There are many different ways I could begin discussing recipes. Almost as many different ways as there are to write recipes themselves. Each recipe contains subtle differences, which tell you something about the author. Some are more conversational – incorporating jokes, or self-deprecating humour. Others are borderline clinical, as precise – and engaging – as a bomb defusal manual.
These differences won’t necessarily make the recipe more reliable or more tasty, but they can affect your perception of that; we can be put off a meal not only by the ingredients, but also by the metaphor and simile surrounding them.
Much like with any other form of creative writing, different readers will be attracted to different things. I, for example, love Nigel Slater’s evocative descriptions of foods’ textures and soul. It was Nigel’s voice which taught me not just to cook, but to love cooking. To savour it. But I have also heard people say that they don’t like his narrative voice at all, which puts them off his recipes.
I believe a good recipe – no matter its style – should allow us to see the dish in our mind’s eye, just as a novel allows us to see its characters. Learning to read and interpret a recipe is in itself a skill, much like learning to read a novel is.
For example, before starting to cook something new, you should always read the recipe all the way through, and get all your ingredients out. It doesn’t always happen for most of us – but it is often the source of disaster when disaster occurs. Whenever I read the brilliant instagram account, @nytimescookingcomments, some of the readers’ mistakes and confusion clearly stems from missing out these two steps.
A slightly more complicated, but almost even more important step, is using your senses. As well as paying attention to the recipe you have to pay attention to the food. Taste constantly, smell constantly, look at it, listen to it. You know if you’ve preheated the oil when you hear that sizzle, know it’s seasoned right when you can’t stop eating it out of the pan. Samin Nosrat even encourages people learning to cook to make something far too salty – just once – so they know what that means, and can find a balance.
But it is challenging to know what you don’t know. I will never forget Ina Garten’s story about learning to make her own recipes more accessible. She had the idea to give her recipe for pesto to a friend who didn’t cook very often, and go with him as he bought the ingredients. She intended to see how easily he could find the ingredients, but what actually happened, was that upon seeing the first item – “X Cups of basil” – he asked her “Is that dried basil, or fresh?”.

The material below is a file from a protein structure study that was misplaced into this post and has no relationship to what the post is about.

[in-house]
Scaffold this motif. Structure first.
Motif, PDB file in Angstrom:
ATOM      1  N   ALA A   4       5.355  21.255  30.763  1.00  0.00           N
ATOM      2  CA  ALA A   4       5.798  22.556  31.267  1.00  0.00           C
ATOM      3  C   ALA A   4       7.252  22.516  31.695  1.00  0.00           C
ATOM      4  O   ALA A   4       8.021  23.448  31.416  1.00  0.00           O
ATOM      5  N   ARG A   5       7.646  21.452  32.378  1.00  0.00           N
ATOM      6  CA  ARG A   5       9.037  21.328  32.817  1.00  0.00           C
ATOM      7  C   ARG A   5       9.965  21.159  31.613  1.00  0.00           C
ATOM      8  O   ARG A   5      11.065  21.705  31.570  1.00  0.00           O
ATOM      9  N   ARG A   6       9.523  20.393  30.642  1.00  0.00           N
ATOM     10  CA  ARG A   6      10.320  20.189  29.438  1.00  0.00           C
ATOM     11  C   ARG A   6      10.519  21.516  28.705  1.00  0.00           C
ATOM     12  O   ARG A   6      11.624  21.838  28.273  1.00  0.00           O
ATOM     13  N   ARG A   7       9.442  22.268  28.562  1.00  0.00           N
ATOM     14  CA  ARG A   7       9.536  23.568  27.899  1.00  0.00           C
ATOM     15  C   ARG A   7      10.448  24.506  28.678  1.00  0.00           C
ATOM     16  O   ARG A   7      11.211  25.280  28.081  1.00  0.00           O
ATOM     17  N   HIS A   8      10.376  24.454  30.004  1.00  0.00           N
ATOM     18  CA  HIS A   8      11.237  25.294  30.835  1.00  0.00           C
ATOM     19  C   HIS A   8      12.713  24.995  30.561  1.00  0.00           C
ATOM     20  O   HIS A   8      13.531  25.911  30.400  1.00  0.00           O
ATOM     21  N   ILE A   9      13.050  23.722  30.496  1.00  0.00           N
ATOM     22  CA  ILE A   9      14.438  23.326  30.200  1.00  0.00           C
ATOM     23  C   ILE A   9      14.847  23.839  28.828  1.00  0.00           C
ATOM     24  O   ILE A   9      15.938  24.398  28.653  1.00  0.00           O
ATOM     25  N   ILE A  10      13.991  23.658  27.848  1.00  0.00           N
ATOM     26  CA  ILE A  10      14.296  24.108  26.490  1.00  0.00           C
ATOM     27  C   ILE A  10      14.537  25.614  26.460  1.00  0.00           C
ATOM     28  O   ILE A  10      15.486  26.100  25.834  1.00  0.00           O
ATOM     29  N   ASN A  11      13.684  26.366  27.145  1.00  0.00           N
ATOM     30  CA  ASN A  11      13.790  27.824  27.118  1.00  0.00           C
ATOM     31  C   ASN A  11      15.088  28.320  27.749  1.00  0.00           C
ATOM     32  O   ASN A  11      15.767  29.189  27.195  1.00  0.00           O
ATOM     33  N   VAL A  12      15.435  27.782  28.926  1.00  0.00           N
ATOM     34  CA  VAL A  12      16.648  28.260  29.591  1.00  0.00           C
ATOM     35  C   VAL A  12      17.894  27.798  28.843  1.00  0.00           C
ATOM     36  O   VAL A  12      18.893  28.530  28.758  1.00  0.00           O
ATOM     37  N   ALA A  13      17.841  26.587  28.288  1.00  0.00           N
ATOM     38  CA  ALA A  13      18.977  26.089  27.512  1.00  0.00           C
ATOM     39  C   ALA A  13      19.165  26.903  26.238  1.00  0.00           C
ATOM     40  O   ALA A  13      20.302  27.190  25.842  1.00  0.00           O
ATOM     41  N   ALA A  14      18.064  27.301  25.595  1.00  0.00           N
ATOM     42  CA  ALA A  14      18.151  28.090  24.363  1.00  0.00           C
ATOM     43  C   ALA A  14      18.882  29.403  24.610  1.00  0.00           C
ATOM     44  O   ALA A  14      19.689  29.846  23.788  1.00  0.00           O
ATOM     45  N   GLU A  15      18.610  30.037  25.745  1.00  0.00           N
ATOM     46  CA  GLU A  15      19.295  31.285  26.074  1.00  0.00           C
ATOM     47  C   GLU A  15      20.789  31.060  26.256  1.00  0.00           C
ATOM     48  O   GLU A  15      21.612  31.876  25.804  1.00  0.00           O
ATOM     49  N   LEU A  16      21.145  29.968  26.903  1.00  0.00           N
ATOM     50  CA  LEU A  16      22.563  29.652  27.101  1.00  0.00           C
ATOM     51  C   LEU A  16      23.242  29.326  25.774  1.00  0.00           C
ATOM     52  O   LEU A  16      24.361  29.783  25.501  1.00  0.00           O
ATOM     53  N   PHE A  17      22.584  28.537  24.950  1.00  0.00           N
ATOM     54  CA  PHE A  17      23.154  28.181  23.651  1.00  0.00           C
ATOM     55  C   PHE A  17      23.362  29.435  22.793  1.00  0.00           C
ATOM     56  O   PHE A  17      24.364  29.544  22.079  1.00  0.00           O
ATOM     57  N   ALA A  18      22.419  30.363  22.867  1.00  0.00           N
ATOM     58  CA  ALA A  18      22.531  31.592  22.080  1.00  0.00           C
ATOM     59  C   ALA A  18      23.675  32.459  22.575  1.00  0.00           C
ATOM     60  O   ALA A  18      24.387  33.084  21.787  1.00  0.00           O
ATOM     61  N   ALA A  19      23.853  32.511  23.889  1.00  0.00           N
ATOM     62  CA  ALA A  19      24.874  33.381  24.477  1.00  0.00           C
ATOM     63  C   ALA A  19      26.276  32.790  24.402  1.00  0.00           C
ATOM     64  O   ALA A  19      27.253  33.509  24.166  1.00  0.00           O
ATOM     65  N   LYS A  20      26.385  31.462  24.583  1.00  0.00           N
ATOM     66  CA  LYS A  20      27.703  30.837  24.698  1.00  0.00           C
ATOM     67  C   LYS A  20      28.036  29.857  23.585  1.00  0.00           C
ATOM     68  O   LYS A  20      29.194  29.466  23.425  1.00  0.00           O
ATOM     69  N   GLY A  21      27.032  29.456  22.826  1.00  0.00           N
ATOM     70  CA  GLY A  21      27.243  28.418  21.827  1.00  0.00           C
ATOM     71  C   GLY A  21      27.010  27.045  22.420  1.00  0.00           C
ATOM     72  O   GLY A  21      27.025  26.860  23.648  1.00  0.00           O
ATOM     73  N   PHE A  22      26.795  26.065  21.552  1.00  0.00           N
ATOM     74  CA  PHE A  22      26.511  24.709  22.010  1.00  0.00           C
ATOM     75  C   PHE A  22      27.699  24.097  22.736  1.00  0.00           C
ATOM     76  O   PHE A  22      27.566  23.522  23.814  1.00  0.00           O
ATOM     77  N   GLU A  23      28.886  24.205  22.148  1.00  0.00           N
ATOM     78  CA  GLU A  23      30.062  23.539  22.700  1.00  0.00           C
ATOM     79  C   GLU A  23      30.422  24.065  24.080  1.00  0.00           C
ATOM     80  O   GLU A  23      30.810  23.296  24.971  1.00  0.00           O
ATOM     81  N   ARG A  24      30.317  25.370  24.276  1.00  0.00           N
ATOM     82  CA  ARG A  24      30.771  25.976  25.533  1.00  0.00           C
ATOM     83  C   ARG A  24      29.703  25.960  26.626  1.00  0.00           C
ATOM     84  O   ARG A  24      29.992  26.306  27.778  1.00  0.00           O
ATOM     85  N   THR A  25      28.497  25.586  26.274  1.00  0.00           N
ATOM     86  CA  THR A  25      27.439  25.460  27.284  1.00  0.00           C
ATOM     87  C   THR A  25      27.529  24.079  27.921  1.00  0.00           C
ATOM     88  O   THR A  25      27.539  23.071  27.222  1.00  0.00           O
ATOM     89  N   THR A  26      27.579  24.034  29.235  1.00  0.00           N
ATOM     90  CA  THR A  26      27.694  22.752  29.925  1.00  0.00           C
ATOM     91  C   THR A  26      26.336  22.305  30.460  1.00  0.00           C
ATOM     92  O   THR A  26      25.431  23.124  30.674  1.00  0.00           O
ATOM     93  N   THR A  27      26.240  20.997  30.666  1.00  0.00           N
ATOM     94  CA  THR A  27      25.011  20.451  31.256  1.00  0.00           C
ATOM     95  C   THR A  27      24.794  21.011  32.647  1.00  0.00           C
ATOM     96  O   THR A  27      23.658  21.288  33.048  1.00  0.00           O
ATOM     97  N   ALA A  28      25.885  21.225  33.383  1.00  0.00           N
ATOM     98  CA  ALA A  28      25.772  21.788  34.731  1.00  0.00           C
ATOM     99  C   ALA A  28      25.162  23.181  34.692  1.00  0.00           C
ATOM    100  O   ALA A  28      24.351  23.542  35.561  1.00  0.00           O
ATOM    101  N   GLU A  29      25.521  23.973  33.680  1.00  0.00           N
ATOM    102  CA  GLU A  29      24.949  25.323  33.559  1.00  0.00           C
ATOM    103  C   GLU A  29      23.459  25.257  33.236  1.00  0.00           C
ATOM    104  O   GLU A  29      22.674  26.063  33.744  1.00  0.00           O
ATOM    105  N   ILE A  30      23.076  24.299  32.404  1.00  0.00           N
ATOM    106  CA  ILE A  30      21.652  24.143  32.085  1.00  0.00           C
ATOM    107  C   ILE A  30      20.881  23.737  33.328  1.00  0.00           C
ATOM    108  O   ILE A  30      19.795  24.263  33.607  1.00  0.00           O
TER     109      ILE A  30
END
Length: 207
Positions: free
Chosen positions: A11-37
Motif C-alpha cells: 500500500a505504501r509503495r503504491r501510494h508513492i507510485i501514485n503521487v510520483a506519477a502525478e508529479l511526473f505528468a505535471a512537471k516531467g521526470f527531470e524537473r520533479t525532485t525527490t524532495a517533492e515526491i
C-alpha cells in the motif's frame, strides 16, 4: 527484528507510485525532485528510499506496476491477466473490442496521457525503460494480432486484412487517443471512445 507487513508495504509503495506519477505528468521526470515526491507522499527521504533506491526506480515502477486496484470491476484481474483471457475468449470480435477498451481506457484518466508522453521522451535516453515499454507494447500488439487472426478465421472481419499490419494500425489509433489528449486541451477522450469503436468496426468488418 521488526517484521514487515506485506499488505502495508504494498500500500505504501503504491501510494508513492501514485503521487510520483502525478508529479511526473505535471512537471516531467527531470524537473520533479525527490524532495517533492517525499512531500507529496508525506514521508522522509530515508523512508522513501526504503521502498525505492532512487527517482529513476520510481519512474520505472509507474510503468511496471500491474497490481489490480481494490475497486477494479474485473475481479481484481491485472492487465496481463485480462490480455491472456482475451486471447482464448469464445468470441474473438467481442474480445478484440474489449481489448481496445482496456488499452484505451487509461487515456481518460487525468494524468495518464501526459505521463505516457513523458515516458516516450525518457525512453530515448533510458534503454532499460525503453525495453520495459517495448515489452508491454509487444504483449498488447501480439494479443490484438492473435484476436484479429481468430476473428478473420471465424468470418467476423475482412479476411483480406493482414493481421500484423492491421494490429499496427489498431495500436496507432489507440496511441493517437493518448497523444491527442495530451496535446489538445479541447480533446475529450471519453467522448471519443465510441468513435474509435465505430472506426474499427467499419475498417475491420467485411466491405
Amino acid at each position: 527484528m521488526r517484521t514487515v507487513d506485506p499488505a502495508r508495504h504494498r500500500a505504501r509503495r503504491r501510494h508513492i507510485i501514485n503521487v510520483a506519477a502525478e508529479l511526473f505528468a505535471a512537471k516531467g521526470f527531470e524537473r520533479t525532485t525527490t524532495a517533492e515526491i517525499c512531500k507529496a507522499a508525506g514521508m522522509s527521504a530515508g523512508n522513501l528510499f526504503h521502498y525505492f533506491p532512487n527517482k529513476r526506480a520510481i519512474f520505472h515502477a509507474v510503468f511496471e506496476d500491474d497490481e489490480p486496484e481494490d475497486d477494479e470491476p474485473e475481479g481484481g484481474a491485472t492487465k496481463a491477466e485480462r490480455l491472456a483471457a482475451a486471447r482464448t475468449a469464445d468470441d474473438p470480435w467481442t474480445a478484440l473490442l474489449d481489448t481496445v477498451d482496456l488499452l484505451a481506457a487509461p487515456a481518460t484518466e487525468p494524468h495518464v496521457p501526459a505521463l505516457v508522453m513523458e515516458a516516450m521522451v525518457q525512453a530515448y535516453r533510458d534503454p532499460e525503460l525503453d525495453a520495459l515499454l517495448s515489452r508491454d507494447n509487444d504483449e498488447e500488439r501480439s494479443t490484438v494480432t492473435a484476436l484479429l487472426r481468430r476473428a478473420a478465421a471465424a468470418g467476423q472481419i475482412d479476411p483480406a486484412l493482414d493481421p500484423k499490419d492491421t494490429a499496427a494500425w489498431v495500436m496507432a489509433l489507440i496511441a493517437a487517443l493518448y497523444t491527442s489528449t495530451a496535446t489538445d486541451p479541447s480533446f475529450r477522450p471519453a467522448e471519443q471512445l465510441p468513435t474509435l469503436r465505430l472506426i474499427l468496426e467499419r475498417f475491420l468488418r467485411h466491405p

I believe almost every recipe contains its own dried basil – a tiny detail which seemed so obvious to the author, they never thought to include it. Not, that is, until they receive countless comments asking if you can make a brown butter sauce with margarine. I’m sure everyone can remember a time when we thought a substitution would work beautifully – only to be very disappointed. For me, it would be the time I swapped baking soda for baking powder before I knew better. I think I had to toss the whole cake in the bin.
The problem is, to avoid every recipe being unreadable, there has to be a balance. A compromise between pedagogy and brevity, clarity and cautioning. Recipe writers rely on a reader’s common sense to fill in the gaps – if they didn’t, it would take a manual the size of the King James Bible to describe boiling an egg. The trick, of course, lies in finding that balance.
If you enjoyed these musings, MFK Fisher’s “The Anatomy of a Recipe” in With Bold Knife and Fork is a fantastic read. Although no one will believe me, I actually only discovered that she had written an article on this topic – with the same title – after I wrote this. Such is life.